January 29, 2017

Crafting quality software, chapter 1

The people factor

Image CC BY-SA 2.0, Guy Sie

This has been earlier published in Medium

Everyone agrees that it is easy to write clean and functional code that actually works as intended and integrates well to the system it is part of. Of course development processes are also automated from commit to production deployment, feedback is constant through the process from automated quality assurance to production monitoring and proactive customers are eager to help with continuous development efforts.

On an ordinary day the domain of software development is instead a playground for all kind of creative and technical people. Quality of software varies depending on who practices the craft and how. It is too easy to take the easy way out and cook some spaghetti code with bug sauce.

Thats why I’ll take a look at how to craft quality software with a series of blog posts covering software development processes from different viewpoints. Creating quality software is not rocket science but it requires discipline, right tools for the trade and a mindset to build complex systems that are maintainable, extendable and operable with great user experience.

In this first chapter I’ll discuss about one of the most important aspect of any kind of project: people.

The Living context

When managing projects, architecting complex systems with cool new technology (or boring and old if you have bad luck) and multitude of vendors it is easy to forget that it’s not all about “things” and “processes” that count when deciding which projects succeed and which fail. Developing a system may include multiple different actors: stakeholders, team members, other vendors with their teams and so on. These form a living context to cope with, a truly visible layer besides all the things that need to be managed. Except that managing people and interactions tends to be a lot harder than doing Kanban with tasks. I’d dare to say that most difficult problems arise from tensions between people, not from technology.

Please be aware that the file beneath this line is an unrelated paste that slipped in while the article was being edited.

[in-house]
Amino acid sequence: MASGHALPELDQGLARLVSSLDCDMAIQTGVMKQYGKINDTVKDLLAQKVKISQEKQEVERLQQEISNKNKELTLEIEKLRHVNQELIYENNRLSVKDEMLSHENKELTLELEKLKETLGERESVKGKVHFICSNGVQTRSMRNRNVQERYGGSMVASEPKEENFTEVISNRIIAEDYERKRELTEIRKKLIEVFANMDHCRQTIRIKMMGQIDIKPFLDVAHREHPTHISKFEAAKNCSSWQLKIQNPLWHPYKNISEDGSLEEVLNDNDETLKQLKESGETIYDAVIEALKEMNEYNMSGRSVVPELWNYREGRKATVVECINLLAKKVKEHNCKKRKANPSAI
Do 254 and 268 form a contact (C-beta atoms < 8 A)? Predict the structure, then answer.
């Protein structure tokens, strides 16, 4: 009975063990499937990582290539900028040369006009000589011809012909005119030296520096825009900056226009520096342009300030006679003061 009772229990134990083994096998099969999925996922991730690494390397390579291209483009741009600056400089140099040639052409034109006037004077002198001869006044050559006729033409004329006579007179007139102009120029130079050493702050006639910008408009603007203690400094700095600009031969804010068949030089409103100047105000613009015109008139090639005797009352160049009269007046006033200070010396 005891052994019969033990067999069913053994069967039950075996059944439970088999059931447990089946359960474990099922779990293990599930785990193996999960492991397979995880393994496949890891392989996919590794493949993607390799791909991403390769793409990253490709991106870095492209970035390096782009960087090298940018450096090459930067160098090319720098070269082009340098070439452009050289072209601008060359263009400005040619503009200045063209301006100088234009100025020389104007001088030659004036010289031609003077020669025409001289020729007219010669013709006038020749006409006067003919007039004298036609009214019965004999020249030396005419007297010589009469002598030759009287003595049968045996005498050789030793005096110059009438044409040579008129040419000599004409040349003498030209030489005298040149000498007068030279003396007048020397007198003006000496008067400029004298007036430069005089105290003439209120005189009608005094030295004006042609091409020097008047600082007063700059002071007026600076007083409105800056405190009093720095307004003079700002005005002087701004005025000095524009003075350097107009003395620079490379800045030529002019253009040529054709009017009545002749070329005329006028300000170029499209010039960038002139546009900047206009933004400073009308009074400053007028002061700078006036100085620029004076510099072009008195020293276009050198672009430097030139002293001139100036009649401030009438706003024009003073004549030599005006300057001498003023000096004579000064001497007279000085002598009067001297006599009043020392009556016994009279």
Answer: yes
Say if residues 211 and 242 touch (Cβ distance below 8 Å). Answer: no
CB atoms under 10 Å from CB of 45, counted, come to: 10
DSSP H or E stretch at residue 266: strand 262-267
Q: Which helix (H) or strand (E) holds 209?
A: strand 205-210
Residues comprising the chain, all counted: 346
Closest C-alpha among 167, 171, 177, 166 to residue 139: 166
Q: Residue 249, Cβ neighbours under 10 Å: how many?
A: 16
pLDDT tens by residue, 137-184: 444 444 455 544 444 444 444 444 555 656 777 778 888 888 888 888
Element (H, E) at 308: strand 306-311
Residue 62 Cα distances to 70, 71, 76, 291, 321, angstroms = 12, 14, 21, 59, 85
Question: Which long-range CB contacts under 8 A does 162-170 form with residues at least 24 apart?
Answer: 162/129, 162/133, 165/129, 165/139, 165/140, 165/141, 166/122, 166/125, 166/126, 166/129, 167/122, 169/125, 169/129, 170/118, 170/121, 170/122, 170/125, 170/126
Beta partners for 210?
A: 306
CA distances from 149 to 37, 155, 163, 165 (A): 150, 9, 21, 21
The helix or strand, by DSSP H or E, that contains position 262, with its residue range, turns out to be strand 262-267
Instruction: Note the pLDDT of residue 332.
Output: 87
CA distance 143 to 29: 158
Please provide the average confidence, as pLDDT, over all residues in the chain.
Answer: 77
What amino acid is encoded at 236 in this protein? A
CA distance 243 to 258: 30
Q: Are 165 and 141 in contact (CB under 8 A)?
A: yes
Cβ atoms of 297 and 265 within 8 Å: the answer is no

Following key points describe some of the most important aspects for enabling crafting of systems with perceived business value.


Without commitment there is no focus to deliver quality and problems shall arise. When there is mutual commitment between different parties there is also momentum that makes it easier to make progress. It is crucial to get everyone related to a project to focus on common goals.

Conflicting forces in a project just generate friction that leads the project astray.

Transparency & visibility

Even with strong commitment decisions are done blindly if there is no context available to those who decide. This works when someone is making decisions from an ivory tower and also when freedom and responsibility is given to individuals. In ivory tower management model decision makers rarely have hands-on experience on what they are deciding about which leads to suboptimal outcomes. On the other hand individuals can’t make informed decisions without visibility to relevant information which also leads sometimes to bad results.

Open culture and availability of information are foundation for self-steering teams.


When discussing about how to steer a project towards its goals, its often stated that proper management is needed to make sure everything stays on the track. I would rather turn this upside down and speak more about enablement, enabling people to do their best and empowering teams with freedom and responsibility. Leading a project means enabling success by removing obstacles, shielding team from unnecessary and making personal growth possible.

I’m not saying that that traditional management is not needed but the focus needs to be human centric.

Taking people factor into account and making sure that there are enough soft skills to manage interactions throughout a project is essential for crafting quality software. Enabling individuals and making context visible makes it possible for people to make their own decisions without management level overhead and wasted time.

When people are happy and motivated, issues are discussed openly in a constructive way and goals are clear for everyone it is also easier to apply other aspects of software development into to the same context.